You can afford to invest in property
If you are serious about getting your foot on the property ladder, it's time to stop making excuses.
Blogger: Helen Collier-Kogtevs, managing director, Real Wealth Australia
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Do you ever feel like you work just to pay the bills?
I come across this scenario often with my clients. They generally have a comfortable level of income, but they’re unsure where all the money has gone by the end of the week.
It’s often said that good is the enemy of great; in the same vein, comfort is the enemy of growth. When you have a comfortable life it’s hard to find the motivation to strive for a better life, because you’re already doing okay.
This attitude can be a silent killer, as it holds you back from living your best life and enjoying long-term financial security and freedom. You may be “okay” now, but wouldn’t you rather be prosperous and wealthy?
If ‘living comfortably’ reflects your own situation, and you consider yourself in a position where you can’t afford to invest in property, I’d like you to ponder whether any of this sounds familiar:
- Are your credit cards generally at their limits?
- Do you own a nice car?
- Do you have a 50-inch plasma television?
- What about the latest iPhone and iPad… do you upgrade your mobile phones and computers regularly?
- Do you exceed your internet usage every other month?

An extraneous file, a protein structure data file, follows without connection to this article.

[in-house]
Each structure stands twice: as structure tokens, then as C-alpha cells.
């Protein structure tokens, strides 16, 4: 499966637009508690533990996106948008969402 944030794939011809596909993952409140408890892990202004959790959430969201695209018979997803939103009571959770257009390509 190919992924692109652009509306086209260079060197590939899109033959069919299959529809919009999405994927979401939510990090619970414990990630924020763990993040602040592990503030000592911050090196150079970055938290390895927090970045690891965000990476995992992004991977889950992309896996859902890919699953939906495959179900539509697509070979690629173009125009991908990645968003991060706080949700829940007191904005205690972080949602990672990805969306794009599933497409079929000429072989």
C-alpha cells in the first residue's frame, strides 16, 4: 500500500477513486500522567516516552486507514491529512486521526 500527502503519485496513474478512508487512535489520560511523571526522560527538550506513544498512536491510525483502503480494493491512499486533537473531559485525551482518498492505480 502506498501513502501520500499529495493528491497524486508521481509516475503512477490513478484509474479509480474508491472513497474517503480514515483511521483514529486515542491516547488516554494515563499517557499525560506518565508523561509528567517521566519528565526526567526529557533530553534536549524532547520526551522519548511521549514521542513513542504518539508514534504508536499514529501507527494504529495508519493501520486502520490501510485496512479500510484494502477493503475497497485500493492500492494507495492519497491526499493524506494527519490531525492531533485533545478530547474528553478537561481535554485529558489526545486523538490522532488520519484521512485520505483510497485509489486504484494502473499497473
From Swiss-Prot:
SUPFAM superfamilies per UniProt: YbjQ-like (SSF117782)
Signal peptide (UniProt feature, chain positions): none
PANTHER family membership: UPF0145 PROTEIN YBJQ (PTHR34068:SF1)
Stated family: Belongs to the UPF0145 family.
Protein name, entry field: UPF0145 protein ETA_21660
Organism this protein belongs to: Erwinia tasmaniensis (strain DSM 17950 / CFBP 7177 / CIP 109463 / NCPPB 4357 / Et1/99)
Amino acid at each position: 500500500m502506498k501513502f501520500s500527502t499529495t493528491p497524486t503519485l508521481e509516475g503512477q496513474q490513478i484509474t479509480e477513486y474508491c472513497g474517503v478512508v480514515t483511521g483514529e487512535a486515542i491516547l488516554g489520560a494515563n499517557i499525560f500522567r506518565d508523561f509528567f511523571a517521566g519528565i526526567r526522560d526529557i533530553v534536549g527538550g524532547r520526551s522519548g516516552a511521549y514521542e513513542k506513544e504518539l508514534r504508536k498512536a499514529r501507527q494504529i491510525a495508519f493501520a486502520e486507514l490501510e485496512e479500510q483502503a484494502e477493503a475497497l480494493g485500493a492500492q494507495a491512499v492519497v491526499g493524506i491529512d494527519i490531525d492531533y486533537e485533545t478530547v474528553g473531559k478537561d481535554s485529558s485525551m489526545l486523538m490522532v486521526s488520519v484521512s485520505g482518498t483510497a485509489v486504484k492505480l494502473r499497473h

- Do you and/or the kids get all the latest gadgets?
- What about pay TV: are you a subscriber to Netflix or Foxtel?
- And clothes: how much do you spend on the latest brands?
- What about your social life: do you use credit cards to pay for your nights out and maybe even your holidays? Do you then spend the next 12 months paying off the debt?
- Do you smoke or drink?
- What about gifts for friends and family: are they expensive?
The above every-day life expenses are just scratching the surface – I haven’t even mentioned every day basics like mortgages and rent, electricity, insurance, groceries and fuel! Then there are ad-hoc expenses that crop up every so often, like doctor and dentist visits, vet bills, car registration and speeding and parking fines.
Now, I’m not saying that you need to slash spending across all of these expenses in order to get your budget under control and invest in property.
What I am suggesting, though, is that by completing a budget planner, you will understand your spending habits.
You will then have a very clear picture of your personal financial situation – and I’m guessing that for many of those who are reading this, you’ll find you actually can afford to invest in property, with a few small changes to your spending habits.
To be clear, I’m not advocating that you do not enjoy what life has to offer. Instead, I would prefer you prepare and regularly update your budget so that you understand your level of disposable income.
If you’re not sure where to start, don’t be shy – get in touch with an accountant, mortgage broker, investment mentor or financial planner to help you whip your finances into shape. That way, you don’t have to lose sleep at night worrying your debts and your lack of progress towards your property goals, and you can work out how much you can afford to spend on property investing sooner rather than later!
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